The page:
The first part of the Hirst sale totals £70.5 million with only two lots unsold (though Sotheby’s says both were sold before the auction reached an end.) Bloomberg reports the results with this quote:
“The sale was magnificent, a triumph,” London dealer Ivor Braka said in an interview. “At a time when other markets are reeling and the press are writing cynical and damning reports, the people with the free cash and the will have ignored the storm warnings and the voyage goes on.”
Carol Vogel’s report contains this quote:
Tobias Meyer, global head of contemporary art at Sotheby’s, explained the total this way: “Damien Hirst is a global artist that can defy local economies.”
Vogel also makes this observation about the scene inside and outside the sale room:
The headlines had little effect on the scene outside the salesroom here. The street was filled with television camera crews; fans hoping to spot celebrities like Bianca Jagger; and a crowd of collectors, dealers and curiosity seekers waiting for the doors to open. Inside later it was standing room only. But most of the action was on the telephone, with Sotheby’s flying in employees from all over the world to handle the bidding.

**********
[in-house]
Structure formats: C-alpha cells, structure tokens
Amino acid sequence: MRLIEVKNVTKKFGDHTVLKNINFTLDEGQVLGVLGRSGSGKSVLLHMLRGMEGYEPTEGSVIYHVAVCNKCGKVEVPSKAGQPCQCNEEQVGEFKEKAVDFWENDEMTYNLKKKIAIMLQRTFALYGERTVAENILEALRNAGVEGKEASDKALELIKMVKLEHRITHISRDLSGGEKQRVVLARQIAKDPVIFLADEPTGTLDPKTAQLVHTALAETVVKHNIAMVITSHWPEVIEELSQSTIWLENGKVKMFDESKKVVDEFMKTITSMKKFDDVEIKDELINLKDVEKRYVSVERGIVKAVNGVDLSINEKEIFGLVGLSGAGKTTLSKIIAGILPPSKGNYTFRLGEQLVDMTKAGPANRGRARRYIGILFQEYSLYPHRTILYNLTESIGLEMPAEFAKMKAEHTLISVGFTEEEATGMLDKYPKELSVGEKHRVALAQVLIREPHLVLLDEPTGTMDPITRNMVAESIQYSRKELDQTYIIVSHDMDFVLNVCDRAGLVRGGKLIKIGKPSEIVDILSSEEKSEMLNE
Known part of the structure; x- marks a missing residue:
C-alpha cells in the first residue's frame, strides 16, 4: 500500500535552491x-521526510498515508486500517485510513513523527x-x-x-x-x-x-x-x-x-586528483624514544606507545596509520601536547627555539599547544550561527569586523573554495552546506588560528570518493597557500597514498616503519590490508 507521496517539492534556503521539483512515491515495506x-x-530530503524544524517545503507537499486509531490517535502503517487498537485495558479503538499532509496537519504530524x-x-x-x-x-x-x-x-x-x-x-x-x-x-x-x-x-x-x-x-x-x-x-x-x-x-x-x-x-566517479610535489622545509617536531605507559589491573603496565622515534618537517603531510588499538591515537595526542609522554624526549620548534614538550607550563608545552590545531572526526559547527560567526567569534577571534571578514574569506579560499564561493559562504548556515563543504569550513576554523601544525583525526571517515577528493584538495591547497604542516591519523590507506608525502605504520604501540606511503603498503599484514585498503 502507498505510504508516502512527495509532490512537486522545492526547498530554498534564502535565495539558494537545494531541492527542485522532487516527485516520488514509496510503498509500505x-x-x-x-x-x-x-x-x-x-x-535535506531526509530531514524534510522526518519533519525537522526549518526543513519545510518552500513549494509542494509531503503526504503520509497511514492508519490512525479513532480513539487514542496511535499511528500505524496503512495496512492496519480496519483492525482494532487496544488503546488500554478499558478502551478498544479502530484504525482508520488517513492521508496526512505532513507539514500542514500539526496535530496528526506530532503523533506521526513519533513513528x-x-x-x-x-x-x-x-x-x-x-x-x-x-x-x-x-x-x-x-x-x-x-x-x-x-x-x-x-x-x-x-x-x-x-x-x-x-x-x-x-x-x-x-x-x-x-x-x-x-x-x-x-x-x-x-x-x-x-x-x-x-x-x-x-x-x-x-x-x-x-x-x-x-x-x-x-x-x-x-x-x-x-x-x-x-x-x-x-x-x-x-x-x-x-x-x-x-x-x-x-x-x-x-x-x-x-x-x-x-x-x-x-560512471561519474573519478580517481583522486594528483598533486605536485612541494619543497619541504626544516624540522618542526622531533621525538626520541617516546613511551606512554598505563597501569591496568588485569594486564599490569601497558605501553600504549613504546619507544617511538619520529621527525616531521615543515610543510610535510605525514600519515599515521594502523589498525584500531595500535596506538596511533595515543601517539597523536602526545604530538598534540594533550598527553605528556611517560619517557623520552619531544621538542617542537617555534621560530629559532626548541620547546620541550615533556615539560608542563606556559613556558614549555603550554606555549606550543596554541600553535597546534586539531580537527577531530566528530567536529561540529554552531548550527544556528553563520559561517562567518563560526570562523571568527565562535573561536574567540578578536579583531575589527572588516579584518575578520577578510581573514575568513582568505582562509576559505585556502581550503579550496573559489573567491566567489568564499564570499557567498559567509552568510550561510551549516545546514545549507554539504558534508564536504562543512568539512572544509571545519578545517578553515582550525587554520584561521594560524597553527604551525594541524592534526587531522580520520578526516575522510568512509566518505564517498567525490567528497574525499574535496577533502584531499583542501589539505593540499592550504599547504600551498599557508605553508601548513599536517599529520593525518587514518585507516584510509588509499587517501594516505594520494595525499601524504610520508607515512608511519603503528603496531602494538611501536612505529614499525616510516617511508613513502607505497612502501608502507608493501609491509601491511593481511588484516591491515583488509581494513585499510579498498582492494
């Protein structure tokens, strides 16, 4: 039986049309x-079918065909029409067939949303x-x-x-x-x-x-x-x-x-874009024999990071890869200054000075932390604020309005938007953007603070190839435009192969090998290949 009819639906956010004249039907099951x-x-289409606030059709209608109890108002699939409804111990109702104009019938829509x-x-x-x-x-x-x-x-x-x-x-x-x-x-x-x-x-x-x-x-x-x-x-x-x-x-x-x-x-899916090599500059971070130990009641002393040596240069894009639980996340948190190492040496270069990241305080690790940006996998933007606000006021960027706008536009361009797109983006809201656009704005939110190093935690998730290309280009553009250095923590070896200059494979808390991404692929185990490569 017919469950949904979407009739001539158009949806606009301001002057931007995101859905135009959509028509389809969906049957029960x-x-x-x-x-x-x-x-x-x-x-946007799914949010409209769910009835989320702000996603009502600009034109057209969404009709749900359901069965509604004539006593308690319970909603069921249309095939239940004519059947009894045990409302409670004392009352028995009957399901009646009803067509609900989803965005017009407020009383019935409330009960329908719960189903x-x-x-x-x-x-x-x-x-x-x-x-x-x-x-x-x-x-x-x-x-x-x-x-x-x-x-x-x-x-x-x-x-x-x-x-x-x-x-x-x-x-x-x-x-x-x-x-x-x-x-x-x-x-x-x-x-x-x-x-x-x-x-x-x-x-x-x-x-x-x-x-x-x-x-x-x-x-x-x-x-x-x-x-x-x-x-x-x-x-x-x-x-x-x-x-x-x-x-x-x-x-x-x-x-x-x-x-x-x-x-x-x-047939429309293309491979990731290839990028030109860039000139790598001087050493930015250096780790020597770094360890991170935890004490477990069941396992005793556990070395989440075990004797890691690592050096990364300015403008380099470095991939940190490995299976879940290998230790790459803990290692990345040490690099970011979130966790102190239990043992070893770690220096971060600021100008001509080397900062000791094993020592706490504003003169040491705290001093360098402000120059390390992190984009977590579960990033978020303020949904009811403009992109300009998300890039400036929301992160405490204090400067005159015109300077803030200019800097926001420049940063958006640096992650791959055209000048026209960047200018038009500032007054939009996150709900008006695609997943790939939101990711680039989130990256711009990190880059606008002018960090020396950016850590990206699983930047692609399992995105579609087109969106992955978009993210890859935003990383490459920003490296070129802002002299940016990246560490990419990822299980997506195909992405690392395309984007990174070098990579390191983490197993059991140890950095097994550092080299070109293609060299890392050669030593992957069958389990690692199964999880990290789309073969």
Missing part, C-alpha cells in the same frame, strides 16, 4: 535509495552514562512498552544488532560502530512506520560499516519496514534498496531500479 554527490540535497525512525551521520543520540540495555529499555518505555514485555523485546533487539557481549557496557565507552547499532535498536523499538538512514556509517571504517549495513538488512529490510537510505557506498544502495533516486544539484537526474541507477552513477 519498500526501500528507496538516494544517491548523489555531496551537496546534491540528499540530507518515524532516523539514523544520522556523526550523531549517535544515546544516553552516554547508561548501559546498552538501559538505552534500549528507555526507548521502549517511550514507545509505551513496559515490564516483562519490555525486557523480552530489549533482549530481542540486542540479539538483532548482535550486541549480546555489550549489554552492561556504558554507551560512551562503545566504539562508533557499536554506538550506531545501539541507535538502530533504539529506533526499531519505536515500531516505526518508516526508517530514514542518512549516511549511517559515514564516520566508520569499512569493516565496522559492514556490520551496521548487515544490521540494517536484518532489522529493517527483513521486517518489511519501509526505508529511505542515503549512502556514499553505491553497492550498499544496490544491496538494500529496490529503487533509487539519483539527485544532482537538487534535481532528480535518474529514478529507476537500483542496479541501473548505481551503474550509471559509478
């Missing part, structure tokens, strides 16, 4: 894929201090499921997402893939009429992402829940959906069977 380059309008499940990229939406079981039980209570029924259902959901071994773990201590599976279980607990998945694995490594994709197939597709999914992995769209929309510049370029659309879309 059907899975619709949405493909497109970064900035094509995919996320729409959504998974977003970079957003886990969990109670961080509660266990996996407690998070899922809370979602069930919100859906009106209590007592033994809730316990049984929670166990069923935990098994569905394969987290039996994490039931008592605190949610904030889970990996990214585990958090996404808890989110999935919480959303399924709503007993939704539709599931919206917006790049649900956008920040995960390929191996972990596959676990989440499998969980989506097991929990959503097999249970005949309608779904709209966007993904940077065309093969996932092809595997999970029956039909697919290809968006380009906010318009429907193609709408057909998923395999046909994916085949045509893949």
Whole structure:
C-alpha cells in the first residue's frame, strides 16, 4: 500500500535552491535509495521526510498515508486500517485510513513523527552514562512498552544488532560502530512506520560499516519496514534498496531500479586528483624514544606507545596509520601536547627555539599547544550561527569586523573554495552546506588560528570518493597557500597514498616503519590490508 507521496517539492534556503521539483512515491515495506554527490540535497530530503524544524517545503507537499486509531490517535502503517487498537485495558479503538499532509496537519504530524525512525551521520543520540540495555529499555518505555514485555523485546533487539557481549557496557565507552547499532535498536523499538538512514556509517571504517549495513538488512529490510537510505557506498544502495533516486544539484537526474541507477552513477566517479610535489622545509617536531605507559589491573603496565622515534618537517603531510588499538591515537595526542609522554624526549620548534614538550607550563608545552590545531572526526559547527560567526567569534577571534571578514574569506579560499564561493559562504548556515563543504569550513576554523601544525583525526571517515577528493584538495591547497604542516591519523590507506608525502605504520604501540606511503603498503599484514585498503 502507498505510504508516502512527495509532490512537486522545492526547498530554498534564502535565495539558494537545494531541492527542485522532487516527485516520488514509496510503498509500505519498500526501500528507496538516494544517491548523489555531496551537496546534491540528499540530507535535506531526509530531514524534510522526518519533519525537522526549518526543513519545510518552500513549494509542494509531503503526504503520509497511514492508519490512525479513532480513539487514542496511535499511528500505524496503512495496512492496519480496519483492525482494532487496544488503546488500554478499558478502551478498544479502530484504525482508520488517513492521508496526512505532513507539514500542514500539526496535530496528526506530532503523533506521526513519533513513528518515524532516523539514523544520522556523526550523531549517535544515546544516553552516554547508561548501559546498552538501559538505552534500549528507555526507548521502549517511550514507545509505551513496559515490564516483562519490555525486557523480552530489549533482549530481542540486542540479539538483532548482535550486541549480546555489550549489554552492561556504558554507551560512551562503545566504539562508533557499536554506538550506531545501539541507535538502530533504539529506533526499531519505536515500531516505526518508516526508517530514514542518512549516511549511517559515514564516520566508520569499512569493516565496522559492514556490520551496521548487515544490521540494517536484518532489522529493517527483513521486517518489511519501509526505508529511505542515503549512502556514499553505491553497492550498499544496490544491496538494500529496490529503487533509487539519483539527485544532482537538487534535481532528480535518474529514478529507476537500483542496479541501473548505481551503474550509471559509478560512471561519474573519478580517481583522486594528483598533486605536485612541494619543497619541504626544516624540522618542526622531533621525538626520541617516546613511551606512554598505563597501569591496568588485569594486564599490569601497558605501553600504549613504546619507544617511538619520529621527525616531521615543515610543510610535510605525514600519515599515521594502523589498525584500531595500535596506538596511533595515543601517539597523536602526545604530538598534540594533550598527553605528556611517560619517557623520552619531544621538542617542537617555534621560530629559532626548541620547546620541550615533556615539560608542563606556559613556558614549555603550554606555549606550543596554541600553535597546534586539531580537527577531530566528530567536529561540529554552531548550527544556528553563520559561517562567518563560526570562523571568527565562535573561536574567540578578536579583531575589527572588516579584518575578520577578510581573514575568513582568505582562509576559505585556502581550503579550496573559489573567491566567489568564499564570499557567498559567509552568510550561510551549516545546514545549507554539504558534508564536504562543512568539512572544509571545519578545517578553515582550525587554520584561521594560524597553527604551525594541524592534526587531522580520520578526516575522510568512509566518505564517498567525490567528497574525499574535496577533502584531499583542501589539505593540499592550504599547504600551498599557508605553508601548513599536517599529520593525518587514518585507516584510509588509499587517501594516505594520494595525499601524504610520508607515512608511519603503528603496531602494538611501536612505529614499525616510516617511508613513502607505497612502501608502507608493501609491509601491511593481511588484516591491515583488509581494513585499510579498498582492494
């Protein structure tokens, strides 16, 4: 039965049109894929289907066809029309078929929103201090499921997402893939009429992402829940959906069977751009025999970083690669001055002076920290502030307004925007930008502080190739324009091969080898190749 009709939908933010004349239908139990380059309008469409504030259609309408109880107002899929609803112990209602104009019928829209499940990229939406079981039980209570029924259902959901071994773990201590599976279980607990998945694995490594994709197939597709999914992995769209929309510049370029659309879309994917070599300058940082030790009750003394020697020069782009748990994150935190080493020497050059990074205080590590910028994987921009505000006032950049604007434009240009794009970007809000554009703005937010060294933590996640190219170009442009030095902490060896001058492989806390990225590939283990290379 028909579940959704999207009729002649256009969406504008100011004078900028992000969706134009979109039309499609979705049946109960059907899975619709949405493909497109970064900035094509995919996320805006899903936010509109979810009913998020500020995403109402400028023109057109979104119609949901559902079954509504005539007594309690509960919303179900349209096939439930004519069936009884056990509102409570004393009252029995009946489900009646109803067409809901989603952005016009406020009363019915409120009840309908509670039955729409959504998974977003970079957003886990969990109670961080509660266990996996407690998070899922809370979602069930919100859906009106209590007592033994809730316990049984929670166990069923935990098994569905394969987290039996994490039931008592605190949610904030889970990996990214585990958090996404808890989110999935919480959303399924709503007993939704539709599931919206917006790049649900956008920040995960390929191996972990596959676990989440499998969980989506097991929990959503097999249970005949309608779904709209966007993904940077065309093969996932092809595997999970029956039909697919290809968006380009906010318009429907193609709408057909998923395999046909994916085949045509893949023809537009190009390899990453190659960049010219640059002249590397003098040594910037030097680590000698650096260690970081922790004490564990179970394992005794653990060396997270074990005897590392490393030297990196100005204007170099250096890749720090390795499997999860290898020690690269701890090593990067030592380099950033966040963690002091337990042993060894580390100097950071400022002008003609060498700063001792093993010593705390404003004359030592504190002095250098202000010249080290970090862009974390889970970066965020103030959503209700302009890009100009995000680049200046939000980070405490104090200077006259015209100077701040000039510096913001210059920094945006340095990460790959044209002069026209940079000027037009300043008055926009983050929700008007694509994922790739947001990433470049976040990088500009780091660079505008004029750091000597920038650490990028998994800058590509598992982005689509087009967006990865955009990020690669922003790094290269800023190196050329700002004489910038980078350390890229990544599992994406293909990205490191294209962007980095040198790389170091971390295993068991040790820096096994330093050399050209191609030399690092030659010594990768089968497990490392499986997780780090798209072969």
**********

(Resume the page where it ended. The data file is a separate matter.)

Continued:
But the Wall Street Journal’s Kelly Crow makes these unsubstantiated claims:
A disappointing result might have rattled buyers’ confidence in the entire art market, especially following yesterday’s financial crisis on Wall Street. [ . . . ] Art analysts were relieved but say the broader test of the sale will come Tuesday when Sotheby’s tries to find buyers for 167 additional artworks by Mr. Hirst that could sell for between £25 million and £36 million ($50 million and $71.9 million).
The only analyst to have linked the Hirst sale to the larger art market is Anders Petterson of Art Tactic. And his arguments are little more than assertions. How or why buyers would flee other categories and artists based on Hirst’s ability to pull in new buyers is difficult to parse as logic.
Peter Conrad recants his estimation of Hirst in The Guardian just before the sale:
I sneered at him as a greedy show-off and pitied the customers who would be paying exorbitant prices for his vitrines of grubby fag butts and tanks of sectioned animals. If I admired Hirst at all, it was for his cynical expertise at parting fools from their money – and, in this case, for depriving dealers of their customary share in his profits by selling directly to his gullible public.That’s what I thought until I saw the exhibition of his wares
One wonders if this newfound esteem for the artist doesn’t have a hint of the zealotry of the convert, and a late conversion at that.